you can configure your GA4 tags in Consent Mode from the beginning
Consent Type Description
ad_storage Enables storage (such as cookies) related to advertising
analytics_storage Enables storage (such as cookies) related to analytics e.g. visit duration
functionality_storage Enables storage that supports the functionality of the website or app e.g. language settings
personalization_storage Enables storage related to personalization e.g. video recommendations
security_storage Enables storage related to security such as authentication functionality, fraud prevention, and other user protection

Option 2: GTM Custom Consent Triggers

You can build triggers to manage when GA4 tags fire using Google Tag Manager (GTM).

There are various types of triggers that can be used, depending on your consent management platform. Your CMP consent actions should contain the name of the custom event trigger that you created in GTM.

GTM Custom Consent Triggers

Option 3: Custom JavaScript with Consent Actions

GitHub has plenty of options to get inspired by. Check out this example of a cookie consent plugin for cross-browser use.

Does this impact Convert experiences and deployments?

No. It will not allow the GA4 tag to be applied when any of the techniques above are used and no consent has been obtained from the user (or when the user has opted out).

As GA4 tags don’t fire, these users won’t appear in your GA reporting.

NOTE: If this kind of consent method is implemented, we often observe a 40%–60% decrease in the number of users tracked between Convert and GA4.

User Rights

A number of laws, such as the CCPA and GDPR, protect users’ rights to access and erase their personal data. In the past year, GA has added tools to make this possible.

User Access

The GA UI and BigQuery both provide access to GA4 event information.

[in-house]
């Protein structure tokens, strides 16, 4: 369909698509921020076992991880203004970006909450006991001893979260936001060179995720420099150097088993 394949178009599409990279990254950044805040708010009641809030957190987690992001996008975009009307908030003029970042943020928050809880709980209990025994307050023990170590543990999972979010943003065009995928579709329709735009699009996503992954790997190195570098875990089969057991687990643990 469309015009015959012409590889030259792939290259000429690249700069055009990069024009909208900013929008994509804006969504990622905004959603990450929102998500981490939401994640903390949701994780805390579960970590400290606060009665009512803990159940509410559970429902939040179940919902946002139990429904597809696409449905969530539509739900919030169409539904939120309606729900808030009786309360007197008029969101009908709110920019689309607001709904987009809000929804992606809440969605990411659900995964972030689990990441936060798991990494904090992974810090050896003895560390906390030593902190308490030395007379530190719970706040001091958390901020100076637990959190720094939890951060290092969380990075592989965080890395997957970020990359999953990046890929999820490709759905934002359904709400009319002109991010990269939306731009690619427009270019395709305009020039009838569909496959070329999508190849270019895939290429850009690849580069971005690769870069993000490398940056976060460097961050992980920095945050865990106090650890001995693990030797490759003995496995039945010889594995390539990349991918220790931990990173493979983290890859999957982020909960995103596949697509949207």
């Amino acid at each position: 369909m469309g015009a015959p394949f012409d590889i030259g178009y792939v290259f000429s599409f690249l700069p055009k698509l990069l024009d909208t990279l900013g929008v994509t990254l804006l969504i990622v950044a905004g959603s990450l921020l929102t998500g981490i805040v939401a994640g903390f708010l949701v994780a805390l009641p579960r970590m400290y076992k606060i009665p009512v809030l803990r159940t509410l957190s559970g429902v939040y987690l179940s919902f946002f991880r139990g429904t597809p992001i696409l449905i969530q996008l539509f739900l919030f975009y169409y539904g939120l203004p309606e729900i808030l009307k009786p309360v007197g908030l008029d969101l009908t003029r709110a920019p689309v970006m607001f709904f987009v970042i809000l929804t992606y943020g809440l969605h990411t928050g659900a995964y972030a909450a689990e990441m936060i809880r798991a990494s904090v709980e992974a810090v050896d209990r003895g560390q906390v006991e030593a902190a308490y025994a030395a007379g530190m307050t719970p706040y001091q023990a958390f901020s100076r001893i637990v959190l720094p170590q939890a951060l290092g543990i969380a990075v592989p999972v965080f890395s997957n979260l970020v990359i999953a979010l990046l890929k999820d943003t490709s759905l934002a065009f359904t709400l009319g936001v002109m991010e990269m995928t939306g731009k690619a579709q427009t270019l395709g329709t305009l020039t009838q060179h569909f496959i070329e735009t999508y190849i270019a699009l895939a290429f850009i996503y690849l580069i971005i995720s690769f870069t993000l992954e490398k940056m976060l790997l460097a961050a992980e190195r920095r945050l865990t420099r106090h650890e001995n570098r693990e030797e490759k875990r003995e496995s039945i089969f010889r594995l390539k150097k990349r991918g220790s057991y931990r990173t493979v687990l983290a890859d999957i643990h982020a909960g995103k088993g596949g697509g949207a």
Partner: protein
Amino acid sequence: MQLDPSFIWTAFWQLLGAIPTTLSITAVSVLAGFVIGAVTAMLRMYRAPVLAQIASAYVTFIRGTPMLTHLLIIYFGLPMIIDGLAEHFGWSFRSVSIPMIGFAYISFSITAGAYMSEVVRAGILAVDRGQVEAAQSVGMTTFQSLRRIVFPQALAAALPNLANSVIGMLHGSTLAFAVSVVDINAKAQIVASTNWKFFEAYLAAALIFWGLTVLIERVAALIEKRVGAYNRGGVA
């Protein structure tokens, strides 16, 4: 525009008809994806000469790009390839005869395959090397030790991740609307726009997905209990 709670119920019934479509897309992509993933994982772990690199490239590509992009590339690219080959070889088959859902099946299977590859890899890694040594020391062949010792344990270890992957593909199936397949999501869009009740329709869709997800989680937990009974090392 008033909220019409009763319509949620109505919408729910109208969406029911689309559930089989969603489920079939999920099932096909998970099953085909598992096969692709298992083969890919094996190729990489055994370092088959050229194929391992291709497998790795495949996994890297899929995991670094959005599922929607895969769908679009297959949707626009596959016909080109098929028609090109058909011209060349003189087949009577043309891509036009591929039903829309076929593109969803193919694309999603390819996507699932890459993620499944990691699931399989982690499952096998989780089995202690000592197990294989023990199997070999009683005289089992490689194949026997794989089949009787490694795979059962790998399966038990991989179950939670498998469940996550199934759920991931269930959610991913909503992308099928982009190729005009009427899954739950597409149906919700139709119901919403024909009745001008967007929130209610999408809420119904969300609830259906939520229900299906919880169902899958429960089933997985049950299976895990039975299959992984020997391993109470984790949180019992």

Access Event Information via the UI

GA4 User Explorer tool adds a crucial privacy compliance feature: the ability to access user-specific data.

You can use the User Explorer report in GA4 to retrieve event data for any given user identifier via the UI. With this functionality, you can export event-level data for a specific user ID. In most cases, this user identification is either the Device ID or the User ID.

You can use the User Explorer report in GA4 to retrieve event data for any given user identifier via the UI

Access Event Information via BigQuery

Another new GA4 feature is that you can integrate your GA4 Properties with BigQuery to make full exports of all event data associated with all of your users in a single queryable repository.

Using this method, you can access and manipulate data more quickly and programmatically.

Does this impact Convert experiences and deployments?


User Data Deletion

The same way you can access event information via the UI and BigQuery above, you can also delete it via the UI or an API or the Data Deletion Requests feature.

User Explorer Report

You can delete a user from the User Explorer report by selecting the user ID and clicking Delete user:

You can delete a user from the User Explorer report by selecting the user ID and clicking Delete user

All user-related information will be removed from the report within 24 hours and from GA’s systems within 63 days.

All user-related information will be removed from the report within 24 hours and from GA's systems within 63 days

User Deletion API